Canadian Heritage Minister Steven Guilbeault tabled his “get money from web giants” Internet regulation bill this morning. As expected, Bill C-10 hands massive new powers to Canada’s telecom and broadcast regulator (the CRTC) to regulate online streaming services, opening the door to mandated Cancon payments, discoverability requirements, and confidential information disclosures all backed by new fining powers. Given that many of the details will be sorted out by the CRTC, the specifics will take years to unfold. In the short term, the bill creates considerable marketplace uncertainty that could lead to reduced spending on Canadian film and television production and delayed entry into Canada of new services. Once the policies are in place, the end result will be CRTC-approved versions of Netflix, Disney+, or Amazon Prime in which the regulator decides how these services promote Canadian content to their subscribers.
As I wrote over the weekend in a preview of the bill, much of the grounding for this legislation is based on fictions. For example, the government says that a key objective is “fair and equitable treatment as between online and traditional broadcasters” and that the current system “perpetuates a regulatory imbalance that puts Canadian broadcasters at a competitive disadvantage.” Yet the reality is that traditional broadcasters enjoy many regulatory advantages such as lucrative simultaneous substitution rules that allow them to replace U.S. commercials with Canadian ones, foreign investment restrictions that limit competition, must-carry regulations that mandate that certain channels be purchased by consumers in even basic cable packages, copyright rules that legalize redistribution of broadcast signals, and protection to keep U.S. giants such as ESPN and HBO out of the market. Those rules create competitive advantages for Canadian broadcasters, but the government nevertheless envisions equal mandated contributions to support Canadian content.
The government also warns that “the support system for Canadian content is at risk” without reform. The data demonstrates that there has been record setting film and television production in recent years, much of it supported by companies such as Netflix. CRTC chair Ian Scott last year said that Netflix is “probably the biggest single contributor to the [Canadian] production sector today.” The overall financing picture shows an industry that has had record amounts of investment in film and television production with the total amount nearly doubling over the past decade. Further, certified Cancon has also grown in recent years, with the top two three years for certified Cancon television production occurring over the past three years. In fact, last year was the biggest year for French language Cancon over the past decade.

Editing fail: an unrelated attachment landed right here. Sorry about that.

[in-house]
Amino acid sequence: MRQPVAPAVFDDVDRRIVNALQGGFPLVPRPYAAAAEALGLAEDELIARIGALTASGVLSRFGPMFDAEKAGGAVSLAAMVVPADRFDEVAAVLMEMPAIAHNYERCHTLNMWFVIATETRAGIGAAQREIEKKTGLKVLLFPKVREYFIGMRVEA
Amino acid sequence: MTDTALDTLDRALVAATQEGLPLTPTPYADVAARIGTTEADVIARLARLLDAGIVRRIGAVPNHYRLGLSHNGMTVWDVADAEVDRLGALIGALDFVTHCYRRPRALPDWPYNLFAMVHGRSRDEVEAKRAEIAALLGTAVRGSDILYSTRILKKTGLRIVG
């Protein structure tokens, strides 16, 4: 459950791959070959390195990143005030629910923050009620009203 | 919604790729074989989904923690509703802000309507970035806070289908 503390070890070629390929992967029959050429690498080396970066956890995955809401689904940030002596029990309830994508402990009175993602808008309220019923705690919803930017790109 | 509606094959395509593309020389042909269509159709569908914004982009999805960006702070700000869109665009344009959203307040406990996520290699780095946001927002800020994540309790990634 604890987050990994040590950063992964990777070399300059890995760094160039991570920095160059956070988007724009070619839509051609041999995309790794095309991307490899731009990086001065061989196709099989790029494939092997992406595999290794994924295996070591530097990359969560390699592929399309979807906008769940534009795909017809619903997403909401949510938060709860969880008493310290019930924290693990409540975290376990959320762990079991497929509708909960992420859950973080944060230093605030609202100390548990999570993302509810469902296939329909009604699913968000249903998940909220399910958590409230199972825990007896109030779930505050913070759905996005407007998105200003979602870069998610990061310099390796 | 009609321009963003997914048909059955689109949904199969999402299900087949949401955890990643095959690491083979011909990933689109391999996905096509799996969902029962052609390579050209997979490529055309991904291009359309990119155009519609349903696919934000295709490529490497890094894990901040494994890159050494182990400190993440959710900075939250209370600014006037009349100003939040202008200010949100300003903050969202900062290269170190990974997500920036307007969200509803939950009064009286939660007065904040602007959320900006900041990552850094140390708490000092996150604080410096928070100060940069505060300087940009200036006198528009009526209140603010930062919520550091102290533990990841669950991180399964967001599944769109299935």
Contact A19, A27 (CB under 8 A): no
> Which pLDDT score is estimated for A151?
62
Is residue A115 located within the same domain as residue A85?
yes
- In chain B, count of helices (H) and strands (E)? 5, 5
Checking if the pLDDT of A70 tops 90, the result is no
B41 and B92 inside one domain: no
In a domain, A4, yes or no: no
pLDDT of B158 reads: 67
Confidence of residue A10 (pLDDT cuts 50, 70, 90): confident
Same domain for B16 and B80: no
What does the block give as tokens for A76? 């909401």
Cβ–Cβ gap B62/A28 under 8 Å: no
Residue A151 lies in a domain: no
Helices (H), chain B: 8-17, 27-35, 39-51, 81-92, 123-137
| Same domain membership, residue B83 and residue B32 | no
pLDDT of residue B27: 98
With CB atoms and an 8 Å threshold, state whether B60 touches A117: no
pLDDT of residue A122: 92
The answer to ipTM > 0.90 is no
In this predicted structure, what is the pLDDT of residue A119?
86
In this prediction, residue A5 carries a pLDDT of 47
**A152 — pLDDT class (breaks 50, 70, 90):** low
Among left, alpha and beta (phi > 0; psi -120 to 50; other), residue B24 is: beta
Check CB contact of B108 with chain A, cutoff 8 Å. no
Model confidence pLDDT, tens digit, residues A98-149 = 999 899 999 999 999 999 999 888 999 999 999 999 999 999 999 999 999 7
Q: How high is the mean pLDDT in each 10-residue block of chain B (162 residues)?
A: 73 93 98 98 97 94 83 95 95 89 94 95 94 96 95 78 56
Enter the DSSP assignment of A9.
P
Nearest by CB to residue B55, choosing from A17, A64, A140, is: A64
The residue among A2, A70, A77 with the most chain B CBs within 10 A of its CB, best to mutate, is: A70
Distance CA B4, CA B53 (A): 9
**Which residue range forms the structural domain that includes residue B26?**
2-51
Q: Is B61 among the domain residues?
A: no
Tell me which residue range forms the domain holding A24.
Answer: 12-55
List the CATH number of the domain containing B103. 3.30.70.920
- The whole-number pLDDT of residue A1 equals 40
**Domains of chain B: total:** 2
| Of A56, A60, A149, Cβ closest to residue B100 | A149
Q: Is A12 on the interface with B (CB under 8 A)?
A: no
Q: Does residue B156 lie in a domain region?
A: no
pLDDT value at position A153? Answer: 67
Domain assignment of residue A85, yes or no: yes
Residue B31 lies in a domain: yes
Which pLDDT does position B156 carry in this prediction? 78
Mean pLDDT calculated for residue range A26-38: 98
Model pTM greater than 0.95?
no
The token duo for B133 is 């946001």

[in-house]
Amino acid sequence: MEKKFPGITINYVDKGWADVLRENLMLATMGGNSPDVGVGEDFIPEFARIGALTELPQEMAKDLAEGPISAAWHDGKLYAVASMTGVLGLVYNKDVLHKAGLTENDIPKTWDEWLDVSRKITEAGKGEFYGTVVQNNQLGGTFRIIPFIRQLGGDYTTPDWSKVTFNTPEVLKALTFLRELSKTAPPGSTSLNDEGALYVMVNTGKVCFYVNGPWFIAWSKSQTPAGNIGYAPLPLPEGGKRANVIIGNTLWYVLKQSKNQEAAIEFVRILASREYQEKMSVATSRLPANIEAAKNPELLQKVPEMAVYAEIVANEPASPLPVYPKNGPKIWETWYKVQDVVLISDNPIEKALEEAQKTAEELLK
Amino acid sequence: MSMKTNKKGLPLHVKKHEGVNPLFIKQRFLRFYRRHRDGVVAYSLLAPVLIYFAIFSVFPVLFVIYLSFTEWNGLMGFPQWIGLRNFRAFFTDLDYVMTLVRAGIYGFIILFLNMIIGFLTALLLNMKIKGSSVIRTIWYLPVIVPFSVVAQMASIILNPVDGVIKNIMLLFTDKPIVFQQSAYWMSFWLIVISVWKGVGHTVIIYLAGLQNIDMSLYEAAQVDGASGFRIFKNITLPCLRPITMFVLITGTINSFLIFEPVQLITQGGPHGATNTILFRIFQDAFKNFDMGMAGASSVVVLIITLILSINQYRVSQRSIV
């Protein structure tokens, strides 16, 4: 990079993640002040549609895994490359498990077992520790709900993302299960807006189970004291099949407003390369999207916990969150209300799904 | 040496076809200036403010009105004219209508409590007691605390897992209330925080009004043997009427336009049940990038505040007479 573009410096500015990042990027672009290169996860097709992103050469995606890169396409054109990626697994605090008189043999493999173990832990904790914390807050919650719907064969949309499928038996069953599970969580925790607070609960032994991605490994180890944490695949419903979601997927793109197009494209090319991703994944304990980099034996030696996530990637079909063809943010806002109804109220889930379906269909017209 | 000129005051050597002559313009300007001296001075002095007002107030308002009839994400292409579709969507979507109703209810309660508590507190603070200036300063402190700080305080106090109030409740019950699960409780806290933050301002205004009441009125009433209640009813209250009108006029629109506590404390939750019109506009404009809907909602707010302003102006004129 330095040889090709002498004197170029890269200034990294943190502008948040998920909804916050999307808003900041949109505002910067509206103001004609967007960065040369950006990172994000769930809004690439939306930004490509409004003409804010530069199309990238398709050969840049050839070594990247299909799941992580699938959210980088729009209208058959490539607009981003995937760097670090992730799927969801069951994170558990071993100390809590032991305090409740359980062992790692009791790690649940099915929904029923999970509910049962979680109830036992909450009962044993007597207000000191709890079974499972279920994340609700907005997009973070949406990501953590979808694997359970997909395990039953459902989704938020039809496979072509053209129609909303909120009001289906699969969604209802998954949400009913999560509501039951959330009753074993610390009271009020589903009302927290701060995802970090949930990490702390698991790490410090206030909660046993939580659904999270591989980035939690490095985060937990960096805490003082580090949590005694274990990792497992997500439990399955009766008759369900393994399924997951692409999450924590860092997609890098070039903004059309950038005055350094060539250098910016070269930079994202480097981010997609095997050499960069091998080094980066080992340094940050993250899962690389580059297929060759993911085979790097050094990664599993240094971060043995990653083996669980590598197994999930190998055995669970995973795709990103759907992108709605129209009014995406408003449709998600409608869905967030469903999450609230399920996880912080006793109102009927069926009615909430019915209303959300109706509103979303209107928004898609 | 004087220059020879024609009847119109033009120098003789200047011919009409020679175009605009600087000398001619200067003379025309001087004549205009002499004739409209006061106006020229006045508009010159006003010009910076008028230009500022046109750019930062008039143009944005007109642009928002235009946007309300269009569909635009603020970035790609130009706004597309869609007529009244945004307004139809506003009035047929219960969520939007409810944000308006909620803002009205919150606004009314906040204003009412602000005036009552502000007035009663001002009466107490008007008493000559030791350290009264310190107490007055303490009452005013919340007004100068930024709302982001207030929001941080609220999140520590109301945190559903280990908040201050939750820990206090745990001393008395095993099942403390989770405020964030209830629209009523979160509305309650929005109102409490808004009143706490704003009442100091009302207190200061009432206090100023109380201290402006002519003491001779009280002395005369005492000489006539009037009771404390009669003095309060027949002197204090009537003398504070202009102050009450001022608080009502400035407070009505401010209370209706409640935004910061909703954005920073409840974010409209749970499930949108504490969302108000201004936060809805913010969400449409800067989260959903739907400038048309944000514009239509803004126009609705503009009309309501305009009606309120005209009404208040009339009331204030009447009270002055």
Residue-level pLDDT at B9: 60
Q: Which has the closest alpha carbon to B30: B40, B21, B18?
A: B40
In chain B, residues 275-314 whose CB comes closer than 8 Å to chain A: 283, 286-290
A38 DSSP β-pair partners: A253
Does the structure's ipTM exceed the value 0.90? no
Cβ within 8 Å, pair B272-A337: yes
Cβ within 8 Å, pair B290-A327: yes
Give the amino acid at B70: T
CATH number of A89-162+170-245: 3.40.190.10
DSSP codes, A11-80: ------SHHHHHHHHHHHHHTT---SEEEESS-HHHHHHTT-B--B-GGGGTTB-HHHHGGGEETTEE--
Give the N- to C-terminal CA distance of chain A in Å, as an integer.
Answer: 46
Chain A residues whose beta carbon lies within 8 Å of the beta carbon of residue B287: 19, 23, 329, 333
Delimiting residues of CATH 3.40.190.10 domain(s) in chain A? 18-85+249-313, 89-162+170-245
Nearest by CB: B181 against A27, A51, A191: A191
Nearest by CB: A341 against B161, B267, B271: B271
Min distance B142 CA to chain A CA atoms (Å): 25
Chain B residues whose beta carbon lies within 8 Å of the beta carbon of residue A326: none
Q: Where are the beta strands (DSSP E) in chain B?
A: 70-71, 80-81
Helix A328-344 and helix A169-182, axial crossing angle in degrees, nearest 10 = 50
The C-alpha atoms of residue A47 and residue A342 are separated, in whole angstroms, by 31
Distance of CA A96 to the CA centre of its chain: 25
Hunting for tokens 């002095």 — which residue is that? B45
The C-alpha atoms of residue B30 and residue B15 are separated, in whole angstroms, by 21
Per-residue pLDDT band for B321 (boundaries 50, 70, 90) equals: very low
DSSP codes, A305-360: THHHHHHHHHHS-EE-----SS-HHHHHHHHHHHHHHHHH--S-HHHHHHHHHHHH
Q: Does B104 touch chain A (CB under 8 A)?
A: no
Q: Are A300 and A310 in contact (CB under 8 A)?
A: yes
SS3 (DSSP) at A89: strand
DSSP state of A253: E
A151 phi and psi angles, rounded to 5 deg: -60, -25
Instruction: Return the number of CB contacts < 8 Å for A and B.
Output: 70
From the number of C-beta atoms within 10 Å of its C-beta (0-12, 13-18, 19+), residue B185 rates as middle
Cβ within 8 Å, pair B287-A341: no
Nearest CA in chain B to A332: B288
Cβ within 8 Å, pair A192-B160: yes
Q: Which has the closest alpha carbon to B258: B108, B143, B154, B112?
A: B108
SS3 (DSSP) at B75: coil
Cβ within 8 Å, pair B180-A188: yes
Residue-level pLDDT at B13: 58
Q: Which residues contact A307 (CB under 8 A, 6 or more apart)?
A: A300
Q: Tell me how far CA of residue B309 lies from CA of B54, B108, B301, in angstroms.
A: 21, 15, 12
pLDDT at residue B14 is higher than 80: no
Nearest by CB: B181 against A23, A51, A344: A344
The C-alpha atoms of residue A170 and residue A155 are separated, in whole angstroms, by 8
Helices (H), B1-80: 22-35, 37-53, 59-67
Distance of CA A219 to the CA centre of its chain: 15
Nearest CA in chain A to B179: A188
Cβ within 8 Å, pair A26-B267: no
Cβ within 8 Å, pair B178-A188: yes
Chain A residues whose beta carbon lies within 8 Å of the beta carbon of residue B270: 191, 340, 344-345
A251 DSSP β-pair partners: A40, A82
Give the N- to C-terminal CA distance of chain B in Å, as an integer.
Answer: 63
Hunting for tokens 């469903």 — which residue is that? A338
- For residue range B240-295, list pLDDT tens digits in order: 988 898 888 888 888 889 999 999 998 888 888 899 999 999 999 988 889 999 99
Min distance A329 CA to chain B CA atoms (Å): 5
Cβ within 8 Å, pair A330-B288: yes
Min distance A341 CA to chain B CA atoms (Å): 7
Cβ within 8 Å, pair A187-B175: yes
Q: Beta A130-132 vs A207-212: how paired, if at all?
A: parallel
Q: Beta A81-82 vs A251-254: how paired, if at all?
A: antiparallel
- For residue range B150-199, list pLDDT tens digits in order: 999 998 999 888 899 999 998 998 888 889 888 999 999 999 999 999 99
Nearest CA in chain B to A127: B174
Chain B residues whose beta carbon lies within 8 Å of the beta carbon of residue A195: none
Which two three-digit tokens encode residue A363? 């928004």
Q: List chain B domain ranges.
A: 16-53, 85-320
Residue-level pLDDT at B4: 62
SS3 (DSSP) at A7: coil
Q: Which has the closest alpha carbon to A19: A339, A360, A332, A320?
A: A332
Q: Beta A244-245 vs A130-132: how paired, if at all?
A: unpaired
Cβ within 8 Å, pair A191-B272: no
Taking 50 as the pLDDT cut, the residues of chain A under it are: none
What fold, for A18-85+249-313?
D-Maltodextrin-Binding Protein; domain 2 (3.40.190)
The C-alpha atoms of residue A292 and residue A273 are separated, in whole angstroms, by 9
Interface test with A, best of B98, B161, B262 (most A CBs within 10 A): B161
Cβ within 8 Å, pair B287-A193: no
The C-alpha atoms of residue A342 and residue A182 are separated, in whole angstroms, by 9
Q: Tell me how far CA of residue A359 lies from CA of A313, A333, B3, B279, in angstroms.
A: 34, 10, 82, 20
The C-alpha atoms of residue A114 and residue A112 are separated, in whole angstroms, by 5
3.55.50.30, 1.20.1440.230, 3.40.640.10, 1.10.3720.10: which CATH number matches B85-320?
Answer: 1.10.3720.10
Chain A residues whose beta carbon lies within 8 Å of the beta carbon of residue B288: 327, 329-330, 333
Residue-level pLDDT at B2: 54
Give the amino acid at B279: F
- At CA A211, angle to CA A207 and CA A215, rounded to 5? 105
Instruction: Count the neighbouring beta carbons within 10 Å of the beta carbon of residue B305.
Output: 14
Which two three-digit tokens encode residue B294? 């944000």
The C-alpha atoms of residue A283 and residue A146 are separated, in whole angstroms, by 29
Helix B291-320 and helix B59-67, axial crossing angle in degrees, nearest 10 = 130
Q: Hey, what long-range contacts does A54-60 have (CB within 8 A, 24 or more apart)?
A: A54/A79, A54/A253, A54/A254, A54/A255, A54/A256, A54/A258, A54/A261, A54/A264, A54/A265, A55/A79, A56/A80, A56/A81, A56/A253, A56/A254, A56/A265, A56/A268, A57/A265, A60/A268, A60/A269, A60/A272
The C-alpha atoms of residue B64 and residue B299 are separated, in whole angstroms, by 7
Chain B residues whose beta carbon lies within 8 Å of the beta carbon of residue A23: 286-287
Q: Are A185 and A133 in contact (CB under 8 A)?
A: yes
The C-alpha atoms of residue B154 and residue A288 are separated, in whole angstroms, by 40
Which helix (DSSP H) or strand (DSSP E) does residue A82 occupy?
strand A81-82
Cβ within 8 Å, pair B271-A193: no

Notwithstanding the weak policy foundation, what is the government proposing?
First and foremost, the government is establishing a new class of regulated broadcaster it calls the “online undertaking.” Online undertakings include any services that transmit programs over the Internet in Canada. However, they do not include social media services or user generated content, an important rejection of a recommendation from the BTLR expert panel (other issues such as digital taxation or link licensing are left to future reforms). These new online undertakings will not be licensed, but they will face regulation from the CRTC. The bill leaves many of the specifics to the regulator, subject to a forthcoming policy direction in which the government plans to direct the Commission to prioritize issues such as support for diversity and inclusion as well as revisit what is considered Canadian content.
All of this places the CRTC in an enormously powerful position. Over the coming years, it will determine how Internet streaming companies must financially contribute in Canada (for example, payments into a general fund to support Cancon or a spending percentage of their own revenues) and how they must promote Canadian content on their services. These companies will be required to provide confidential corporate information to the CRTC and will be subject to audit. The CRTC will have new powers to levy fines in case of non-compliance. Notably, the CRTC’s decisions on these conditions of service cannot be appealed to cabinet. Instead, they will require judicial review and extensive litigation.